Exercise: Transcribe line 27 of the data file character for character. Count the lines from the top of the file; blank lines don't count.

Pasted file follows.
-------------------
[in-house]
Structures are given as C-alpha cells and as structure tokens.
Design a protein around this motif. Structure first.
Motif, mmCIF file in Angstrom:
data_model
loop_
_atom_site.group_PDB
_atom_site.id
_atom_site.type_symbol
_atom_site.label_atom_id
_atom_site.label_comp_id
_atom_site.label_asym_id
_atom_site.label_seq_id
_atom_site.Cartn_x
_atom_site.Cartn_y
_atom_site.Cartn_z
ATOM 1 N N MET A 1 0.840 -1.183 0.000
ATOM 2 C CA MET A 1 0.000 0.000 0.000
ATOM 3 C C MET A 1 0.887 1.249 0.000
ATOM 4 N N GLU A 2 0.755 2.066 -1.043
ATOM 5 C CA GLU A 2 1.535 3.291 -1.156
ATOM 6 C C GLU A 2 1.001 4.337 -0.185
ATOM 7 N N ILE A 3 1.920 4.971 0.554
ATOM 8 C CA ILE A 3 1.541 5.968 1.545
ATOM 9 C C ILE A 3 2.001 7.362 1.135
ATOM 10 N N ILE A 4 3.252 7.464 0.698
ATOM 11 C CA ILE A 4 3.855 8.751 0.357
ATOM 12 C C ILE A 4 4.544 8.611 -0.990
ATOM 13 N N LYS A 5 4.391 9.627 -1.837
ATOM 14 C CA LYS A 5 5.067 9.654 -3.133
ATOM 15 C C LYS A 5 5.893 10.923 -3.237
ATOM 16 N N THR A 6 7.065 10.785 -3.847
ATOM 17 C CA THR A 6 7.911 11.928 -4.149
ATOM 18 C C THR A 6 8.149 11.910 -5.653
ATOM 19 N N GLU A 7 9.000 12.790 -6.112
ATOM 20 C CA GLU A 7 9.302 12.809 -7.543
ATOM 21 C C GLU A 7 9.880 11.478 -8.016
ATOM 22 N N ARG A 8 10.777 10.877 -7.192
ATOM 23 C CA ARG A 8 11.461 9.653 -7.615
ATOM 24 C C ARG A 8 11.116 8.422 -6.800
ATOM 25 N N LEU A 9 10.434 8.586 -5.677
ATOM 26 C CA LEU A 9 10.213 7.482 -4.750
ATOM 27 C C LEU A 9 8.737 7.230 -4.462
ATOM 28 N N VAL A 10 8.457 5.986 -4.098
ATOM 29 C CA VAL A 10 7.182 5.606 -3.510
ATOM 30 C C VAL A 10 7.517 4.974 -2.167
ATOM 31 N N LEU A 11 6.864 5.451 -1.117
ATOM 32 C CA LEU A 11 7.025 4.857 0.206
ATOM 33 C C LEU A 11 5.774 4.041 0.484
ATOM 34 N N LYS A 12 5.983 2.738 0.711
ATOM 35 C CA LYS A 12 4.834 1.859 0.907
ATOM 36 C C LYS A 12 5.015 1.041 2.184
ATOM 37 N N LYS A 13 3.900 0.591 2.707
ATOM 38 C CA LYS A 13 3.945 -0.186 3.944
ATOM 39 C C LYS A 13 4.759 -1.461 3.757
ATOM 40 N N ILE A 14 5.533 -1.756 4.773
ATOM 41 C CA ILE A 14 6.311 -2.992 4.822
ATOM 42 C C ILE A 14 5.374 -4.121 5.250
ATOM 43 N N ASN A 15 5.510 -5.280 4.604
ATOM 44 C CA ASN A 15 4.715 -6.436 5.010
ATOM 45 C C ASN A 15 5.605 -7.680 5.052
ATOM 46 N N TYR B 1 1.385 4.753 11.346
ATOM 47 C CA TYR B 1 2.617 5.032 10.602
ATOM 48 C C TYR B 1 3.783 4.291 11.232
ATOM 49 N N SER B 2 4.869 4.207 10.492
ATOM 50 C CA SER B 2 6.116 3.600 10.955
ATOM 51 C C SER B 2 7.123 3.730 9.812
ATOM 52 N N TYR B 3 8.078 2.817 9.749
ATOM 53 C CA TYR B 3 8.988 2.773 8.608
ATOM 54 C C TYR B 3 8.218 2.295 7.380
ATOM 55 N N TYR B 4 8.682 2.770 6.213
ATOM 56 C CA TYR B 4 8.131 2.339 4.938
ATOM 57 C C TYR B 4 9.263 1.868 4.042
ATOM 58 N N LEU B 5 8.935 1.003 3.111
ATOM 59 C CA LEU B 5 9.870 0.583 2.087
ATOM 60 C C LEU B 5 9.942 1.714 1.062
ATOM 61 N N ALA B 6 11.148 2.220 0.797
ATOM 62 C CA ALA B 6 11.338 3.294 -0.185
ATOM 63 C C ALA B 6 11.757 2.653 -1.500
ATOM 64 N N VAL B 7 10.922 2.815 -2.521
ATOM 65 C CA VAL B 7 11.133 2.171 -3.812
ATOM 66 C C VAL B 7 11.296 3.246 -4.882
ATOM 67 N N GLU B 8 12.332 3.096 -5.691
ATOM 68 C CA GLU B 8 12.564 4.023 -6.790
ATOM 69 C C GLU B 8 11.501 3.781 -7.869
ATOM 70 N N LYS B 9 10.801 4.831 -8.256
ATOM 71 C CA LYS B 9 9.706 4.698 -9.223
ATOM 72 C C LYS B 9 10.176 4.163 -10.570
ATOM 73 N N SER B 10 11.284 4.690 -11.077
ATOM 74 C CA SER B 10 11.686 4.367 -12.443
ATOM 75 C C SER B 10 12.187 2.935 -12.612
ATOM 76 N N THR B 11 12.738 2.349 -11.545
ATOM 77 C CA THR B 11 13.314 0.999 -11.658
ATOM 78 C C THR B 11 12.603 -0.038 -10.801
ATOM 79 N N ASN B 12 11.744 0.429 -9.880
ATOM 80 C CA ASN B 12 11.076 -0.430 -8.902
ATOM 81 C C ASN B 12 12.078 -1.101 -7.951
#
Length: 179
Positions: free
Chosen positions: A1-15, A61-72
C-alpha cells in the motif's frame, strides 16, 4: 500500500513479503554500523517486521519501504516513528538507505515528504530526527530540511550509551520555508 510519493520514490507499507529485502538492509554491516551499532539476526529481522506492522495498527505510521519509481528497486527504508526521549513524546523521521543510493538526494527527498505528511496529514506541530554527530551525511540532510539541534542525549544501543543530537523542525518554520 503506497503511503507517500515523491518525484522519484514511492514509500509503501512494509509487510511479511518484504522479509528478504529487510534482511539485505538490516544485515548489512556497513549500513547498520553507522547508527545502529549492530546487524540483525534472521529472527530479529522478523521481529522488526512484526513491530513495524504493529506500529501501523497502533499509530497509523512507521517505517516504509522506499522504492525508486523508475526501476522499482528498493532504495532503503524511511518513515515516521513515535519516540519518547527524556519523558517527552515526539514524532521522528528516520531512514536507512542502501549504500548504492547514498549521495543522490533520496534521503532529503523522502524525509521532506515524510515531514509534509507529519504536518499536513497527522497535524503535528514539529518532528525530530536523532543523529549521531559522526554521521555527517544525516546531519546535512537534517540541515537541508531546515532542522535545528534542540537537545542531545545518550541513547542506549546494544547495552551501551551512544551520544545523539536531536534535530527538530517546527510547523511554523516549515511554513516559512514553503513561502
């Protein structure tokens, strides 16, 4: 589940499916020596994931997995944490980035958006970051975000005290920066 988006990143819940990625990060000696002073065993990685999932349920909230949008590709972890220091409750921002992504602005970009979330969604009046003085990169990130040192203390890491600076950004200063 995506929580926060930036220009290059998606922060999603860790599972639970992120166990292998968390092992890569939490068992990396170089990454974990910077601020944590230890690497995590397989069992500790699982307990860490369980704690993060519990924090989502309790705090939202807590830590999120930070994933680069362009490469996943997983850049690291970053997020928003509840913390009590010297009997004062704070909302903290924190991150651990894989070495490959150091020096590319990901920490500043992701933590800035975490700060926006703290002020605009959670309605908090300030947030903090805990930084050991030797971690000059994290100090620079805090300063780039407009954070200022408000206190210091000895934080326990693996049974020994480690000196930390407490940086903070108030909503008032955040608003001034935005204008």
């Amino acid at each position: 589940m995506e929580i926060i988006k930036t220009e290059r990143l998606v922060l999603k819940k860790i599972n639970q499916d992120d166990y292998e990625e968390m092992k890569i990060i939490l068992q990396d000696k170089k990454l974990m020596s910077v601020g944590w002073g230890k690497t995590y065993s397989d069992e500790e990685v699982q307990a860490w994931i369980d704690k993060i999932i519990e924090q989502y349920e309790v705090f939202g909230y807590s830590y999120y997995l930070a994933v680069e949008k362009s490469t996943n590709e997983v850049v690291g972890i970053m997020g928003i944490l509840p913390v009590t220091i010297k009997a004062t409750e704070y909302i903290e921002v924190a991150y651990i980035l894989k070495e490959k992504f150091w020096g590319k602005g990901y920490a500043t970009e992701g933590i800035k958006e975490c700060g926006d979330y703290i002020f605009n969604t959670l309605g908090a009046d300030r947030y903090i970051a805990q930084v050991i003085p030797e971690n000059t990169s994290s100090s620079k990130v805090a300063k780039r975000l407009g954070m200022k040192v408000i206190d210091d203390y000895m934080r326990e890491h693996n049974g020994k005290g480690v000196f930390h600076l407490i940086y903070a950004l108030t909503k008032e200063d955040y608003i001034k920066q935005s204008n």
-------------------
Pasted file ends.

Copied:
ATOM 11 C CA ILE A 4 3.855 8.751 0.357